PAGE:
SEE A 89% INCREASE IN COASTLINE


United States  UNITED STATES (19,924km of coastline)
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Russia  RUSSIA (37,653km of coastline)
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United States has a total of 19,924 km of coastline, while Russia has a total of 37,653 km.
Category: United States vs. Russia coastline

At a Glance: Russia

  • Land Area: ~17 million sq km (United States is ~2 times smaller than Russia)
  • Population: ~142 million people (176 million more people live in United States)
  • Etiquette: In Russia, "Cheers!" = "Na zdorovje!"

How big is Russia compared to United States? See an in-depth size comparison.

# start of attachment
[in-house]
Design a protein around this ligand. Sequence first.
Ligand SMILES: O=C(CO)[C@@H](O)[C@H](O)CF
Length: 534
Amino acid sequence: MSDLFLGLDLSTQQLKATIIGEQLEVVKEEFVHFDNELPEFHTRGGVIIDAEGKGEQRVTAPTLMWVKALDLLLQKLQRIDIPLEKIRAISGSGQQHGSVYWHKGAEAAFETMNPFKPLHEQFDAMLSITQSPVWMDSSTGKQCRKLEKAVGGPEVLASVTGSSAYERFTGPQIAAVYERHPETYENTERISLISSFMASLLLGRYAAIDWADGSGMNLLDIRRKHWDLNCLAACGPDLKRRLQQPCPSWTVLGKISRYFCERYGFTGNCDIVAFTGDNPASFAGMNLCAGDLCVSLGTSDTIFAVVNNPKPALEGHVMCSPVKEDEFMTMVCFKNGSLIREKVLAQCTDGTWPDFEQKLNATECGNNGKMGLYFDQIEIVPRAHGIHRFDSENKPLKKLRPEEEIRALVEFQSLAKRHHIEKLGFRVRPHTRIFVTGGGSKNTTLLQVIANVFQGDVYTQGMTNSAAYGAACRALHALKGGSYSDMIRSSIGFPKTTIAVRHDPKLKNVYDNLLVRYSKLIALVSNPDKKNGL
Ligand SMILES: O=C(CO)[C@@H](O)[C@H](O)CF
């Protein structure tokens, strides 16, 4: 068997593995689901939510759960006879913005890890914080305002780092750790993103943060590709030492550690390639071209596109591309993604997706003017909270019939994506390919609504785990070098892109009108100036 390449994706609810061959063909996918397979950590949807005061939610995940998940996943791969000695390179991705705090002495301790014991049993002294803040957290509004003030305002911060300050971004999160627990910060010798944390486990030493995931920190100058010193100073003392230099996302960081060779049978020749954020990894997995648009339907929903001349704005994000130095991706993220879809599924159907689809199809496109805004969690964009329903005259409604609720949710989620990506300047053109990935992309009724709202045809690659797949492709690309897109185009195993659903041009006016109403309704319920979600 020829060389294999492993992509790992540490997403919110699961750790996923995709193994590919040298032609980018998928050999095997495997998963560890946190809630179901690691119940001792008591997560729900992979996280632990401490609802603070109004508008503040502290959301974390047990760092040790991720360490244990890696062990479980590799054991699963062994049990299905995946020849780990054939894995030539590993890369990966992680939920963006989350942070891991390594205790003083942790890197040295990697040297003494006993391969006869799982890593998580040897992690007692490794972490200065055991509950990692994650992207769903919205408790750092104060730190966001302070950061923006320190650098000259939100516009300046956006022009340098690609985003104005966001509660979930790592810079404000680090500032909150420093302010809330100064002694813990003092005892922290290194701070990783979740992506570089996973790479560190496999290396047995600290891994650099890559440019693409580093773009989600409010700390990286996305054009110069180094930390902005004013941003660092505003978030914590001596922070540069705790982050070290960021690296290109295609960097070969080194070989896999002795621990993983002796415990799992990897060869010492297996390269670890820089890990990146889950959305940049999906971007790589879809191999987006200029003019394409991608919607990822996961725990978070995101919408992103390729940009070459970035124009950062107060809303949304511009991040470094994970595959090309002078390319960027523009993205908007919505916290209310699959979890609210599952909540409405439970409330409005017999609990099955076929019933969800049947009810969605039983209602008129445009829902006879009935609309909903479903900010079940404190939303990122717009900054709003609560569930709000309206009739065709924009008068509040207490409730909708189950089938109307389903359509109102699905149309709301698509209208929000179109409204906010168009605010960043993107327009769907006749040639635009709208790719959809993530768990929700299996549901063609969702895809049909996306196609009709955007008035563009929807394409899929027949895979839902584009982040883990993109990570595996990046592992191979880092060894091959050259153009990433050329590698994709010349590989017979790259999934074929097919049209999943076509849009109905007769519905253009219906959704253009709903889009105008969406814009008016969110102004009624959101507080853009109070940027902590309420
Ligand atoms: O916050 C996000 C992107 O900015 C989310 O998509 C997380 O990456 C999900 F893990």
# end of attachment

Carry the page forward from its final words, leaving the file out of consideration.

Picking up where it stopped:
This to-scale map shows a size comparison of Russia (17,098,242 sq km) and United States (9,826,675 sq km).

Etiquette in Russia

Tipping:
  • For the most part, tipping is unnecessary
  • If you received exceptional service, you may tip around 10%
Do's & Don'ts:
  • DO NOT discuss the USSR or politics with strangers
  • DO help the host clean up after a meal
Table Manners:
  • Never eat between sips of vodka
  • It is customary to leave a little bit of food on your plate
Greetings:
  • Shake hands when meeting someone new
Learn more about etiquette

A brief history of Russia